Tuesday, June 7, 2016

June 7, 2016 Blog

Environmental Justice is a topic discussed in the meeting today. The definition of environmental justice is broad with many different aspects but it all reduces down to one word: fairness. In the past, I only had a broad sense of what environmental justice was. In my mind, environmental justice is treating people equally and providing people with equal benefits and opportunity. Today, we analyzed environmental justice and its deeper contents. Environmental justice is a fair distribution of environmental benefits and burden for all group. However, it is clearly not the case in today's society. As discussed in today's video, areas inhabited by the poor and the minorities usually receive little environmental benefits which includes parks, green spaces, bike spaces, and many more. The wealthy area of the city will receive all the benefits. Aside from the lack of benefits, the poor area receives
·      more environmental burdens which includes waste facilities, transportation facilities, and energy production. These burden are life-threatening and can cause health problems such as asthma and obesity. An article we read today stated that minorities are also more severely affected by environmental hazards than whites. Therefore, being exposed to a hazardous environment will only make them more vulnerable diseases caused by the emergence of 5,000 new chemicals each year. One reasonable reason why environmental burdens are more concentrated in poor areas is due to the fact that the wealthy part of the city are politically and economically powerful and therefore, they have sufficient amount of voice to control laws that will benefit them. The poor areas do not have the same power. 
      There are many different aspects of environmental justice. In discussing environmental justice, we have to consider fairness, awareness, regulation, compromises, cultural sensitivity, sustainability, and equity. Race should not be a factor in deciding who gets what benefits. Right now, all the burden are concentrated in poor and minority areas including African Americans, Latinos, etc. This should not be the case. The distribution of benefits and burden should be distributed fairly. Every culture should be respected equally. Those in need should be provided for more. This is the definition of equity. In order to make a change, we should spread awareness. Right now, environmental justice is the least of everyone's concern. By spreading awareness, we can make sure people know how big of a role these injustices are playing in our daily lives. Spreading awareness will also bring people together. The bigger the group, the bigger it will have on the legislation process.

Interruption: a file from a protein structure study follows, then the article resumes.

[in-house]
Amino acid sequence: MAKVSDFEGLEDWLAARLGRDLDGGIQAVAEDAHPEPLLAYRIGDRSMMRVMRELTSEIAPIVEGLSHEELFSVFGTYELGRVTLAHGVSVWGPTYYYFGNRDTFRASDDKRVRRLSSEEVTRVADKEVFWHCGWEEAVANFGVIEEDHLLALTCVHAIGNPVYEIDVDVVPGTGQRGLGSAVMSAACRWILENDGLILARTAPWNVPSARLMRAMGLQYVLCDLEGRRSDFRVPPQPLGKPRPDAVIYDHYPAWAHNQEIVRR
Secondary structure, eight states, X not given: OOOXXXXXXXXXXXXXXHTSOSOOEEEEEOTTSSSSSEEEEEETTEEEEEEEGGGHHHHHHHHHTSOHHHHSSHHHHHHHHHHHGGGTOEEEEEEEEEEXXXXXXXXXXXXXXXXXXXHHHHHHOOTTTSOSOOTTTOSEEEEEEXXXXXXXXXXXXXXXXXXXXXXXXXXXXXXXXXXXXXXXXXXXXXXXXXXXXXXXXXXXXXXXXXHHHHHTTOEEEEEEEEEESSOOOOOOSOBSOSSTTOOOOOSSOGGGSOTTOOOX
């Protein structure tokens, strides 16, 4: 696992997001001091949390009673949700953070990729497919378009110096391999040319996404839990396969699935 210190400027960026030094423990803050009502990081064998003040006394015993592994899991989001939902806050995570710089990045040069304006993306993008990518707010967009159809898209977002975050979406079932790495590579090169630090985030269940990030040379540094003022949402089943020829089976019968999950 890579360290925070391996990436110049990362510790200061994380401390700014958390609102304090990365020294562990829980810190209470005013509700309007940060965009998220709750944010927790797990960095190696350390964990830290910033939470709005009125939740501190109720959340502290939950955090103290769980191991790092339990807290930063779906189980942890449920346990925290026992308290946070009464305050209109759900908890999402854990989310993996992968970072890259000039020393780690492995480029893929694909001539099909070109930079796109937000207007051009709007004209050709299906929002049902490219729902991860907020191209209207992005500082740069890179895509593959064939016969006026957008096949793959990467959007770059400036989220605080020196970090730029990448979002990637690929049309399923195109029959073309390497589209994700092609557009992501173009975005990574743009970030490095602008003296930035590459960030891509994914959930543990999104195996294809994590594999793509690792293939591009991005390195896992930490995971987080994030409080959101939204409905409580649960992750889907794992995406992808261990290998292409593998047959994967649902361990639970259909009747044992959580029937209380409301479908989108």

In the summer, I hope to research the topic even more deeply. Mercury poisoning can lead to many dangerous health hazards. By researching how mercury accumulates near waste facilities and factories in New Haven, we can spread awareness on how poor and minority groups are most affected by it. This is the case because the factories and facilities are all located near the poor area. In order to spread awareness, I think one way is through school education. Like stated in the article, the way you are raised will most likely contribute to how you grow up to be. Therefore, by spreading out information at a young age, these youths will grow up to be well-informed of environmental injustice. Currently, environmental justice or even environmental studies is not part of the curriculum in the school system. By gathering data on environmental justice, these information can become a part of the curriculum. 

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